*Full disclosure, I have zero psychiatric experience, so I have no idea where the line between beneficial and disordered behavior lies. All I know is that I’ve started practicing this mental trick, and it is working for me.*
By saying, “Give yourself multiple personalities,” I mean that you can adopt different "identities" for each of your values/goals. And you'll give each identity a unique name.
For example, I practice switching between the identities of "PARKER!!!" and "park."
My “PARKER!!!” identity is the driver. “PARKER!!!” is the guy who is focused on my value of earning money, training for obstacle course races, and writing this blog. “PARKER!!!” is someone who likes accomplishment, values competition, and pushes physical and mental limits by leaning into discomfort and doing hard things, consistently.
Meanwhile, “park” is chill, carefree, go-with-the-flow, and spontaneous. “park” values connections and relationships in whatever way they present themselves. “park” is not worried about what needs to be done or accomplished. “park” just lives and let lives.
I choose to use these two identities because my value of connection/relationship building is usually at odds with my value of goal achievement. I often borrow from my goal-achievement bucket and give more time to building relationships and having fun with my friends. And while I value relationships and fun more highly, I'd still like to devote time to goal-achievement, so I invented the "PARKER!!!" identity to help with that (you can invent as many characters as you need/want). Whenever I need a reminder to stay consistent and show up for my goals, I will literally shout "PARKER!!!" in my head, as if I'm throwing a Pokémon ball and summoning my "PARKER!!!" identity to the stage.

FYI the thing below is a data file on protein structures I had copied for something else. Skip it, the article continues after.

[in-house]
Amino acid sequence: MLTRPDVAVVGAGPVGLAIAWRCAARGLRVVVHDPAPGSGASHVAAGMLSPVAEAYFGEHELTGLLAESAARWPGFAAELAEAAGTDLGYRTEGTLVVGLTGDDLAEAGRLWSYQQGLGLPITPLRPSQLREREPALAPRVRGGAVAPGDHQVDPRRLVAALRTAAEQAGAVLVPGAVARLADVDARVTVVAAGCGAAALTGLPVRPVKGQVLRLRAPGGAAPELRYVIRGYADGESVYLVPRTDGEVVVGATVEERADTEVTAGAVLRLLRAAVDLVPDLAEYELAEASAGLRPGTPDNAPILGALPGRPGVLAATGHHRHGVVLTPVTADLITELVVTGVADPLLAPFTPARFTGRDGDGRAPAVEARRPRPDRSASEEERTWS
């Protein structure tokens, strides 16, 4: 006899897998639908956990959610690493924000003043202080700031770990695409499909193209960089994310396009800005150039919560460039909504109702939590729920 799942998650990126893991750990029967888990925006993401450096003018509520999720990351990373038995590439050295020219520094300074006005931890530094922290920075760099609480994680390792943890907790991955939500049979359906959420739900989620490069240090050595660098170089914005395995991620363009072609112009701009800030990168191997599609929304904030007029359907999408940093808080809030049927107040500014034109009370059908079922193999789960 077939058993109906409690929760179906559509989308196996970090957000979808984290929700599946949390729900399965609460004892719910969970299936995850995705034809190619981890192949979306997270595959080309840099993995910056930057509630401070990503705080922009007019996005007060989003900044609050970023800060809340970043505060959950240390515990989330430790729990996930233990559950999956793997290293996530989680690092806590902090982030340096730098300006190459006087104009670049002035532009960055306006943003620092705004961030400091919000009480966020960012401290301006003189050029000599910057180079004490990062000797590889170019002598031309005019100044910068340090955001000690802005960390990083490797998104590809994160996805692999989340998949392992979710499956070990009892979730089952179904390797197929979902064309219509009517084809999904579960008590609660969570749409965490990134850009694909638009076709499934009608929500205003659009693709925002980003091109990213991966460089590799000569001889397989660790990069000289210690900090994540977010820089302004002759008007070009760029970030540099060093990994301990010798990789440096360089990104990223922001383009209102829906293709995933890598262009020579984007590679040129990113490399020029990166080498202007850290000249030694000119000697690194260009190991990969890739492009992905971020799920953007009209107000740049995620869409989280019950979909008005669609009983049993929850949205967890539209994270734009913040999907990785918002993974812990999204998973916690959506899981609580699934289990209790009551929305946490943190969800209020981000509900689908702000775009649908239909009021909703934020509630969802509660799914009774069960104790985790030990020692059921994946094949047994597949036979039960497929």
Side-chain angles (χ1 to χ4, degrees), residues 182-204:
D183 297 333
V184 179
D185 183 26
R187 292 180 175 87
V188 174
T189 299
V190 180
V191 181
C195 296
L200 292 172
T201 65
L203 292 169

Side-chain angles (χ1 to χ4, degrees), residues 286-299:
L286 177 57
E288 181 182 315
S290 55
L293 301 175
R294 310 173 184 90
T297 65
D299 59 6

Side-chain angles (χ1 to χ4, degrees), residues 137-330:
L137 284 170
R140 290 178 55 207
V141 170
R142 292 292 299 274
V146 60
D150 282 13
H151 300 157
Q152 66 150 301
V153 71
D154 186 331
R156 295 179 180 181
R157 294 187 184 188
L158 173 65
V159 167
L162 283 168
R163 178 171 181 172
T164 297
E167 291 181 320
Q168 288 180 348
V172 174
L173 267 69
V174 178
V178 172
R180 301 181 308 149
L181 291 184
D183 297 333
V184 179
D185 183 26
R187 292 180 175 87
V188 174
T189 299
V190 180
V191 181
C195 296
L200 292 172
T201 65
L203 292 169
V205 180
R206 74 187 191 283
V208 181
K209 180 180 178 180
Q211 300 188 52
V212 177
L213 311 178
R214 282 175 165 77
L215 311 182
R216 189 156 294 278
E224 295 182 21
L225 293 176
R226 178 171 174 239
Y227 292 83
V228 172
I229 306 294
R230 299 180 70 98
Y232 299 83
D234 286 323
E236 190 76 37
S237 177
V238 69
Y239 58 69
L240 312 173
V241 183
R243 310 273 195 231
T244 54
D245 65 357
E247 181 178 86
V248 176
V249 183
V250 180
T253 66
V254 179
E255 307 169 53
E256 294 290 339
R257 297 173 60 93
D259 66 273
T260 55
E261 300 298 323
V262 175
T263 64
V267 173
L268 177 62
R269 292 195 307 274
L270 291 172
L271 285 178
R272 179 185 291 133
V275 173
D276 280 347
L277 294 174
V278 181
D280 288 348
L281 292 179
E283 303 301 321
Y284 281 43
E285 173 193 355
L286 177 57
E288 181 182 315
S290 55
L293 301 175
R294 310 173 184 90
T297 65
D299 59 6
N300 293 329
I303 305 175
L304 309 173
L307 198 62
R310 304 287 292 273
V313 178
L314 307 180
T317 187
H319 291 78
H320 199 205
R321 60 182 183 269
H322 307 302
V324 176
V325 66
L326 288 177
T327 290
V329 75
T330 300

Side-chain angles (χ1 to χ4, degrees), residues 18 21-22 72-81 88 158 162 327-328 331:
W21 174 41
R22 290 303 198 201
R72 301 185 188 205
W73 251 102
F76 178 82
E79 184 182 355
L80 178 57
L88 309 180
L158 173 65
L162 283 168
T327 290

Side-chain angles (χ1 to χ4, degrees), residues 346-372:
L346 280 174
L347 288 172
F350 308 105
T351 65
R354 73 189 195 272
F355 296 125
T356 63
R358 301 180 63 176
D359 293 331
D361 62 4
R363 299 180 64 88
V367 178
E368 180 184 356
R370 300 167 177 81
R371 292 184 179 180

Many of you can relate to having multiple values that are really important to you but seemingly at odds with each other. Sometimes you may literally feel like you have multiple personality disorder because your brain is pulling you in two different directions at once. This may have you feeling dissatisfied on both ends because instead of allocating time for each value, you just do what everyone else wants you to do (rather than being true to yourself and your values).
I get it. When you feel like you have conflicting interests, it’s easy to just take the middle road and hope for the best. But I think you’re better off leaning into that feeling of having multiple personalities. Instead of taking the middle road, amplify the differences between those various parts of yourself and literally treat them like separate individuals.